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United States Department of Agriculture

Agricultural Research Service

Research Project: REDUCTION OF NUTRIENT LOSSES AND AERIAL EMISSIONS FROM LIVESTOCK PRODUCTION FACILITIES Title: Increased Fiber Digestion and Decreased Fecal Output in Pigs Fed Fibrolytic Bacteria

Authors
item Ziemer, Cherie
item Arcidiacano, Steve -
item Ragaukas, Arthur -
item Moorison, Mark -

Submitted to: Journal of Animal Science
Publication Type: Abstract Only
Publication Acceptance Date: March 25, 2010
Publication Date: July 15, 2010
Citation: Ziemer, C.J., Arcidiacano, S., Ragaukas, A., Moorison, M. 2010. Increased Fiber Digestion and Decreased Fecal Output in Pigs Fed Fibrolytic Bacteria [abstract]. Journal of Animal Science. ADSA-ASAS-PSA Annual Meeting, July 11-15, 2010, Denver, CO. 2010 CD-ROM.

Technical Abstract: Fiber digestibility increases when pigs are fed for longer periods of time, suggesting an adaptation of intestinal microbiota with increased concentrations of fiber utilizing bacteria. We investigated whether feeding fiber utilizing bacteria to pigs would result in improved fiber digestion and reduce fecal output. Treatments were arranged as a 2 x 4 factorial with 2 diets and 4 bacterial treatments. Pigs, housed as 2 groups of 24, were fed either conventional or 20% distillers dried grains with solubles + 10% soybean hulls diet ad libitum with free water access. Treatments consisted of no bacteria (A) or one of three <i>Bacteroides</i> isolates (B, C and D); isolated from fecal enrichments with cellulose and xylan. Bacteria were fed to pigs once daily (0900 h) using a 50:50 mixture of bacteria in growth medium and food grade glycerol (dosage of 10^{10}^ bacterial cells/d). After 3 weeks, 24 pigs, at a time, were moved into metabolism crates for 11 d. On d 7 to 11 total dietary intake, fecal output, and urinary output were measured and feed, feed refusals and feces were sampled in order to determine nutrient digestibilities. Blood was taken on d 1 and 11 in order to analyze plasma for energy metabolites. Data were analyzed as 2 x 2 x 4 randomized block design with 2 groups of pigs, 2 dietary treatments and 4 bacterial treatments; no interactions were significant and these were removed from final model. Initial pig BW averaged 61.1 kg, after 50 d the final pig BW averaged 103.6 kg. Feed intake was not affected by diet or bacterial treatment. The effects of increased fiber in the diet were as expected. Fecal output (g/d, P = 0.13) and fecal output/intake (g/g, P = 0.07) were decreased when treatment B (by 19.8% and 19.4%, respectively) was fed compared to no bacteria (A). Treatment B also improved ADF digestibility when compared to A (by 10.0%, P= 0.37). Plasma glucose (mg/dL, P = 0.10) and cholesterol (mg/dL, P = 0.14) were increased in pigs fed B compared to no bacteria (A) by 5.3 and 10.4%, respectively. Bacterial treatment B demonstrated promise as a method to improve utilization of high fiber diets fed to pigs while maintaining performance.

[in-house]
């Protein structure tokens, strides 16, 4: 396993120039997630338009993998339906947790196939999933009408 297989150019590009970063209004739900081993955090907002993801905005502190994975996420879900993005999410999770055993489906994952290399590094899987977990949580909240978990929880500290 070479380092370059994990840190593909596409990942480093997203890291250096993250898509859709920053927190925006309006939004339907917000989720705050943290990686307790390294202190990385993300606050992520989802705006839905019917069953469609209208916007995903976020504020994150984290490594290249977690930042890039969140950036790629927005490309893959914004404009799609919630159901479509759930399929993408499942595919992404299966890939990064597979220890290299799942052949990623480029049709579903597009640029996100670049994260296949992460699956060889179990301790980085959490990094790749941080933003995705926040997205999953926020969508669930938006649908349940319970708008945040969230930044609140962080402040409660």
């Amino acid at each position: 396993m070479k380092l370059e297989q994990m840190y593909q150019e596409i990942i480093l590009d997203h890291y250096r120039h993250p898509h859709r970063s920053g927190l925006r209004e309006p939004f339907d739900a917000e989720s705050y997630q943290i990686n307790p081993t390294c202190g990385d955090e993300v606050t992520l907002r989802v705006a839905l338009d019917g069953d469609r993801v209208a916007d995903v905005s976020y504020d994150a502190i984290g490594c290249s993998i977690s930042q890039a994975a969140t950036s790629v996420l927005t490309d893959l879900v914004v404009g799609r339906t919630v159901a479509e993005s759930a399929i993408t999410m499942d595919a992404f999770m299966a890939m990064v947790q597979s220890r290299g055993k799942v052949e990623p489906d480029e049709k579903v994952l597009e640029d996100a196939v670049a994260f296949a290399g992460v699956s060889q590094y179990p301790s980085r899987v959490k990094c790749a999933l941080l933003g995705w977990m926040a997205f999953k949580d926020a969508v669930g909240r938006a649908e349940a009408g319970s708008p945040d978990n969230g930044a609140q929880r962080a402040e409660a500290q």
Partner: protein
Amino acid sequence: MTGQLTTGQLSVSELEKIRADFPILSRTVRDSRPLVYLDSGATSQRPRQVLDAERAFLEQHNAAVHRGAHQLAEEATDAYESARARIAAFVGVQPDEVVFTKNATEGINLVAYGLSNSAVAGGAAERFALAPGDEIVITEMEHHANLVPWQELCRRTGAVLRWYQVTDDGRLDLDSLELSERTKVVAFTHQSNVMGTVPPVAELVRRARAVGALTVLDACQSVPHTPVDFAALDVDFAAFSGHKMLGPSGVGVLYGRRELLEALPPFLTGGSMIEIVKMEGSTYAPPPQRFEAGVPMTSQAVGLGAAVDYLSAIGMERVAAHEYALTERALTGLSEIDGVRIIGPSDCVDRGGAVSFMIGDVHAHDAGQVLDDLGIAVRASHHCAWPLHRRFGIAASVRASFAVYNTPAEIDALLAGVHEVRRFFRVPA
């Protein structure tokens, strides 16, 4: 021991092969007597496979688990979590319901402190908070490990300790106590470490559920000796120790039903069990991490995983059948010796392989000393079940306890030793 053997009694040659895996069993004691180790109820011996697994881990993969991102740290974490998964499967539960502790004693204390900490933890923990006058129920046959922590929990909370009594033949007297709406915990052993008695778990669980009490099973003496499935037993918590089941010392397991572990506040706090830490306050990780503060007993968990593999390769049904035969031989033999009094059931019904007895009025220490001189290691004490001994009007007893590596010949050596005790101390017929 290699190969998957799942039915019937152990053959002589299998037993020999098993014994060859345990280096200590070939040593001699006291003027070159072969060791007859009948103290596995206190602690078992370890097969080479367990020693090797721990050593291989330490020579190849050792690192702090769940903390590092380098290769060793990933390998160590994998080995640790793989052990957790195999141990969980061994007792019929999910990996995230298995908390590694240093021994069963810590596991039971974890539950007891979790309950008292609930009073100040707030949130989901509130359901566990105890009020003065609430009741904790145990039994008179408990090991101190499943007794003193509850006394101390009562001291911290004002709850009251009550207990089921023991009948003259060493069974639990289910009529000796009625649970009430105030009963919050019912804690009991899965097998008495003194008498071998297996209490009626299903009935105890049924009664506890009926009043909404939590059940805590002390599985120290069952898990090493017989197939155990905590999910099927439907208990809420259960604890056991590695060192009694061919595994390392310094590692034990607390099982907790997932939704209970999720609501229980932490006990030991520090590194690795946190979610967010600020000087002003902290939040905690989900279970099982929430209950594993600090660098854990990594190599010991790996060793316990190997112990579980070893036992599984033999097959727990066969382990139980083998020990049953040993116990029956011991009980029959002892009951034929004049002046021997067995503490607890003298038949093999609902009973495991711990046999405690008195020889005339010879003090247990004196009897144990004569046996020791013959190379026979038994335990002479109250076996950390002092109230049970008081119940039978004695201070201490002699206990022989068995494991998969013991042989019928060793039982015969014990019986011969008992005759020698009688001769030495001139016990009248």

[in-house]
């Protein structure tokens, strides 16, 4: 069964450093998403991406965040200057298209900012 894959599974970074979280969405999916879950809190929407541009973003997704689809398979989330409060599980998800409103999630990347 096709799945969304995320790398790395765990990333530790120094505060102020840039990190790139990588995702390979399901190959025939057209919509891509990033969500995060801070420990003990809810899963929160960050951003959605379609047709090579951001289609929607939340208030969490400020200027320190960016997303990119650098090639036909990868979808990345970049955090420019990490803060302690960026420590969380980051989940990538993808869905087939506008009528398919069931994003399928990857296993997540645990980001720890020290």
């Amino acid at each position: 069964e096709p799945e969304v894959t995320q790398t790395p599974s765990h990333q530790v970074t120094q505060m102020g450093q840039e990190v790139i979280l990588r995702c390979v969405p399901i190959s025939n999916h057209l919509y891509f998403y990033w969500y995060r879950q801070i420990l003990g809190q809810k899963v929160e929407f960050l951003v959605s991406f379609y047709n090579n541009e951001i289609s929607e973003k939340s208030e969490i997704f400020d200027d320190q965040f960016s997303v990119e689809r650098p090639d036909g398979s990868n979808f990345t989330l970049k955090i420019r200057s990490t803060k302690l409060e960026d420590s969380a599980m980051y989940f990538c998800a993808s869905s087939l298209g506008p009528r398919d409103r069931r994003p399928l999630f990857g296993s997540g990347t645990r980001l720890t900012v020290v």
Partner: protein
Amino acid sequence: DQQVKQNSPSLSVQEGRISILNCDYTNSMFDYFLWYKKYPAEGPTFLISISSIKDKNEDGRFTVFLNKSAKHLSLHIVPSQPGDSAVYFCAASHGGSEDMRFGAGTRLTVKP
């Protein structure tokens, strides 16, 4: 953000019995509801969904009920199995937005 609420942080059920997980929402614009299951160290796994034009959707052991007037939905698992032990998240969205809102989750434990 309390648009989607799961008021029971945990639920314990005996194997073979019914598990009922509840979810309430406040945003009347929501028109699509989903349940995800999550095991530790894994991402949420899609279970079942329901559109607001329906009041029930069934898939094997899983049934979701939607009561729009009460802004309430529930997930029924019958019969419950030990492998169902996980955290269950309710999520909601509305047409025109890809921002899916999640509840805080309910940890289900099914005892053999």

Last Modified: 10/31/2014
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